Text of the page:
Y-Rate definition, causes, and considerations

The term "Y-rate" refers to an agency paying an employee above the maximum of the salary range assigned to the position's class. Although this term is no longer used in the civil service rules the practice is allowed under certain circumstances. WAC 357-28-040 which applies to all non-represented classified employees states the following:

WAC 357-28-040

Can an employee's base salary be set above the maximum of the salary range?

An employee's base salary may be set above the maximum of the salary range assigned to the position's class when allowed under any provisions of Title 357 WAC or when approved by the director.

For represented employees Y-rating is addressed in various articles in the collective bargaining agreements.

Causes

Reasons why an agency may/must consider allowing an employee's salary to be Y-rated:

  • When a position is reallocated to a class with a lower salary range and the employee chooses to remain in the reallocated position, a Y-rate is discretionary for non-represented employees. In this scenario a Y-rate is required for represented employees when an employee's salary at time of reallocation exceeds the maximum for the new salary range.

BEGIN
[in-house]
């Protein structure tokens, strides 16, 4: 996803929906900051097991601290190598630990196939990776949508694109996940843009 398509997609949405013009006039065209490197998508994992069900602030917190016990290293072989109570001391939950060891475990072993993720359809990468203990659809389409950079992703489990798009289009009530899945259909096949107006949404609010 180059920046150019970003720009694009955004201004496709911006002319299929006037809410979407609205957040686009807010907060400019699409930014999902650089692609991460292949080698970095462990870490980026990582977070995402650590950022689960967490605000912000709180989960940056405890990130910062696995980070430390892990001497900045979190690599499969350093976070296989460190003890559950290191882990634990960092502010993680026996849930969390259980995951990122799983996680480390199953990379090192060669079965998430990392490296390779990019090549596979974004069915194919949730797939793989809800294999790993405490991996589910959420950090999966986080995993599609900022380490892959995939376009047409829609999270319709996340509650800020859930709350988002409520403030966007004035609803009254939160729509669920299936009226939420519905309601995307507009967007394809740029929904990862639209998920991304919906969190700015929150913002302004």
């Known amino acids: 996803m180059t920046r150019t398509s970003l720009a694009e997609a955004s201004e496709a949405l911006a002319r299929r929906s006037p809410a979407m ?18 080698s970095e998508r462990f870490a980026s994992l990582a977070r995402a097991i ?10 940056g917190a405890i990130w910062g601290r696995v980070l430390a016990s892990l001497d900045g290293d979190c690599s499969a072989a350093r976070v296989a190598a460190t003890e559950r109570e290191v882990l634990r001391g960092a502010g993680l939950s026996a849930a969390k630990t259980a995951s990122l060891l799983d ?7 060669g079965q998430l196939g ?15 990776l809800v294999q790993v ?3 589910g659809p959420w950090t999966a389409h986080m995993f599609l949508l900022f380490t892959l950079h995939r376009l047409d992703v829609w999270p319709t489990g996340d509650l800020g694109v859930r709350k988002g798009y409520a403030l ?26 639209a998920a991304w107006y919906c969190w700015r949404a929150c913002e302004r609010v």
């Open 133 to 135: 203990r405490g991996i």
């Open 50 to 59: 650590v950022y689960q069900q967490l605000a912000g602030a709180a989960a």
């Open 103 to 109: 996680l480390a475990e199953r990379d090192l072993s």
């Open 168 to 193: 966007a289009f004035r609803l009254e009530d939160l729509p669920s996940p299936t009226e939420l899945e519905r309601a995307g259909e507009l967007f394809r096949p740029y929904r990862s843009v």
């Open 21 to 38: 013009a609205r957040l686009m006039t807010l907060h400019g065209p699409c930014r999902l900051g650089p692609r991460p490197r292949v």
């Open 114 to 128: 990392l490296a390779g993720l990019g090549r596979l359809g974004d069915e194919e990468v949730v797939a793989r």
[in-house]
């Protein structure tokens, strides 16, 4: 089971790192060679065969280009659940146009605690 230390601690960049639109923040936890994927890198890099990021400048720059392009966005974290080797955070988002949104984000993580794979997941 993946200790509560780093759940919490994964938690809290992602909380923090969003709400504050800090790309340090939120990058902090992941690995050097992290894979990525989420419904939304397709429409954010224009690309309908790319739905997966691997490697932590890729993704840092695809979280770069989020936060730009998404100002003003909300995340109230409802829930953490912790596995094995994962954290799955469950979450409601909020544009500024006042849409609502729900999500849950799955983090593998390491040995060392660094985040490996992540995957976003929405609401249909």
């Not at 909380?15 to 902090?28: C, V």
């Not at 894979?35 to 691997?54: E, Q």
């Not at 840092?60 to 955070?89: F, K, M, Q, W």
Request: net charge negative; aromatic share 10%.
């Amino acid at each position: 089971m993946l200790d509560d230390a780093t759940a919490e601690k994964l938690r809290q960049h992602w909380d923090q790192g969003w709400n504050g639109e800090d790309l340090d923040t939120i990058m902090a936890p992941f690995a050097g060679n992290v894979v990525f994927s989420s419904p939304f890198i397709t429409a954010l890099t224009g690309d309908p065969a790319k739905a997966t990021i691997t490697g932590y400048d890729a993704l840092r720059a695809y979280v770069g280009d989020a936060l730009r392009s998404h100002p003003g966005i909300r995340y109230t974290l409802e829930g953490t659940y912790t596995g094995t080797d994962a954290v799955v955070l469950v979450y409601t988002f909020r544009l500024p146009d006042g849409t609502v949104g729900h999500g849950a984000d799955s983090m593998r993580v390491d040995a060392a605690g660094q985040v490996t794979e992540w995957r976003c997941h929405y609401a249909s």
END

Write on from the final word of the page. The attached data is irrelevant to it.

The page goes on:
• When an employee's exempt position is converted to classified, a Y-rate is required if the employee's salary at time of conversion exceeds the maximum of the new salary range.

Considerations

When consulting with managers who are planning changes to work assignments that may result in reallocations, consider posing the following questions:

  • Will restructuring work result in a position being reallocated to a lower class? If so, have you considered other options for meeting your business needs?
  • If the result is a Y-rate, have you considered the impact of the Y-rate on the employee and work group?  For example:
    • The Y-rate does not follow the employee if they move to a different position. How will this affect their future employment opportunities?
    • Other employees in the workgroup performing similar work for different pay may feel it is inequitable.